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When Women Were Birds : Fifty-Four Variations on Voice
by Terry Tempest Williams

Overview - The beloved author of "Refuge" returns with a work that explodes and startles, illuminates and celebrates
Terry Tempest Williams's mother told her: "I am leaving you all my journals, but you must promise me you won't look at them until after I'm gone."
Readers of Williams's iconic and unconventional memoir, "Refuge," well remember that mother.
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More About When Women Were Birds by Terry Tempest Williams
 
 
 
Overview
The beloved author of "Refuge" returns with a work that explodes and startles, illuminates and celebrates
Terry Tempest Williams's mother told her: "I am leaving you all my journals, but you must promise me you won't look at them until after I'm gone."
Readers of Williams's iconic and unconventional memoir, "Refuge," well remember that mother. She was one of a large Mormon clan in northern Utah who developed cancer as a result of the nuclear testing in nearby Nevada. It was a shock to Williams to discover that her mother had kept journals. But not as much of a shock as what she found when the time came to read them.
"They were exactly where she said they would be: three shelves of beautiful cloth-bound books . . . I opened the first journal. It was empty. I opened the second journal. It was empty. I opened the third. It too was empty . . . Shelf after shelf after shelf, all of my mother's journals were blank." What did Williams's mother mean by that? In fifty-four chapters that unfold like a series of yoga poses, each with its own logic and beauty, Williams creates a lyrical and caring meditation of the mystery of her mother's journals. "When Women Were Birds" is a kaleidoscope that keeps turning around the question "What does it mean to have a voice?"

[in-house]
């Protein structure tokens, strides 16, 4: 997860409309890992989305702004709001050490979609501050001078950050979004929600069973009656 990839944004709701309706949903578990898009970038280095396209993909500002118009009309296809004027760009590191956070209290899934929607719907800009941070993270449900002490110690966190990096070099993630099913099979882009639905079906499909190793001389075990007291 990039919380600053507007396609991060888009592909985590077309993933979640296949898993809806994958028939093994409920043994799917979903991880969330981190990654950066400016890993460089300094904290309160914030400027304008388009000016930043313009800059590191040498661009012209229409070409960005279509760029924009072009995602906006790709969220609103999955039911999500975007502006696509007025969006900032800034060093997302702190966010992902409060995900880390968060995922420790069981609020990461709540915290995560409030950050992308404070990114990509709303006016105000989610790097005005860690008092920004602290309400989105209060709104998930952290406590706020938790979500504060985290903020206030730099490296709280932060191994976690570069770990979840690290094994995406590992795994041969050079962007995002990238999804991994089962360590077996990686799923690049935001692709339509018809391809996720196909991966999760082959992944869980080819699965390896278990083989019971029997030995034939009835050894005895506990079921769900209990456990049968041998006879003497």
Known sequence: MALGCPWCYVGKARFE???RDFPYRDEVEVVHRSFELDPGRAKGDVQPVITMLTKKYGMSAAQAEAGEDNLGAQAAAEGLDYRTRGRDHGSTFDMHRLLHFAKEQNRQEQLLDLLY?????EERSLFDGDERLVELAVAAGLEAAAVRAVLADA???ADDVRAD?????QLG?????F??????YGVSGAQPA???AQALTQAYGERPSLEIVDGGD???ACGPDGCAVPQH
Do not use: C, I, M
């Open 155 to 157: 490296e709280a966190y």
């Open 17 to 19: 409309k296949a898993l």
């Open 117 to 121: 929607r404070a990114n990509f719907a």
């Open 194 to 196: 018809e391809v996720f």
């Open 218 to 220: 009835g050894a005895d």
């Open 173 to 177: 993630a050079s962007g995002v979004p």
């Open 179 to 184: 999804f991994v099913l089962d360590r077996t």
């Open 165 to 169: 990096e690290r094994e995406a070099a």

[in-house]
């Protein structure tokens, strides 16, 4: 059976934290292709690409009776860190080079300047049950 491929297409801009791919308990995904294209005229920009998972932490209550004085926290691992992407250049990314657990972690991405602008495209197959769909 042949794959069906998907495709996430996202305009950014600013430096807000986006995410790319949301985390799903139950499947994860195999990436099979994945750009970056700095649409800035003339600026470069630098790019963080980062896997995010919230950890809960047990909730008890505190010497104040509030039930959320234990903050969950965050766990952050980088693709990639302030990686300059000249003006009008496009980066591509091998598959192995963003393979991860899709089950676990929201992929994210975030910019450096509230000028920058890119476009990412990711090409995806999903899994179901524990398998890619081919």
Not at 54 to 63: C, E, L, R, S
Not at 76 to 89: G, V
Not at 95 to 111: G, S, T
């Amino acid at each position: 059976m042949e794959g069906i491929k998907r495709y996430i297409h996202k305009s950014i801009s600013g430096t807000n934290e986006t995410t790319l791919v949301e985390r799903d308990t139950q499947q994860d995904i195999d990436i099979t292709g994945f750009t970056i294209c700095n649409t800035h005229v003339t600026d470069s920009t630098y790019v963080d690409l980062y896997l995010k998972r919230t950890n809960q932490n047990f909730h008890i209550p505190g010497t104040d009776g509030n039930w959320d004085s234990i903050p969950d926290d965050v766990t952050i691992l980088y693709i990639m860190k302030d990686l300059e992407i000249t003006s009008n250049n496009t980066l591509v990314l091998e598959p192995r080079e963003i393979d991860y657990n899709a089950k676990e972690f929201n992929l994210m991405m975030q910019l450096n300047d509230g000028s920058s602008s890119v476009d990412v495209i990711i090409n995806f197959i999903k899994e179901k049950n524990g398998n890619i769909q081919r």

Details
  • ISBN-13: 9780374288976
  • ISBN-10: 0374288976
  • Publisher: Sarah Crichton Books
  • Publish Date: April 2012
  • Page Count: 224


Related Categories

Books > Biography & Autobiography > Women

 
Publishers Weekly Reviews

Publishers Weekly® Reviews

  • Reviewed in: Publishers Weekly, page .
  • Review Date: 2012-02-20
  • Reviewer: Staff

Williams, the sensitive author of Refuge, is shocked to discover her deceased mother’s unwritten memoirs—shelves worth of blank pages. Under such unpromising circumstances commences a kaleidoscopic celebration and palimpsest—all metaphorical clichés but apt—on finding a voice and woman’s identity beyond the silenced, selfless existence informed by children and a husband—even a family brimming with love. The empty pages of a journal manifest a hermeneutics of suspicion: the white upon which to project a lifelong journey of self-discovery. In 54 meditations (one for each year of her mother’s life, and of Williams’s life to date), we learn about an unusual (patriarchal) Mormon background and an upbringing that included a season of homeschooling in Hawaii, encounters with a husband-and-wife team of John Birchers while teaching high school biology , a job at the Museum of Natural History in New York City, and the meeting of her future mate over a discussion of books and birds. Among deep influences are Nobel Peace Prize–winner and environmentalist Wangari Maathai; Hélène Cixous; Clarice Lispector; the secret-women’s language of China, Nüshu; and the soaring operas of Richard Strauss. “If a man knew what a woman never forgets, he would love her differently,” Williams declares in her bighearted, deliberative hymn: old themes newly warbled. Agent: Carl Brandt, Brandt & Hochman Literary Agents. (Apr.)

 
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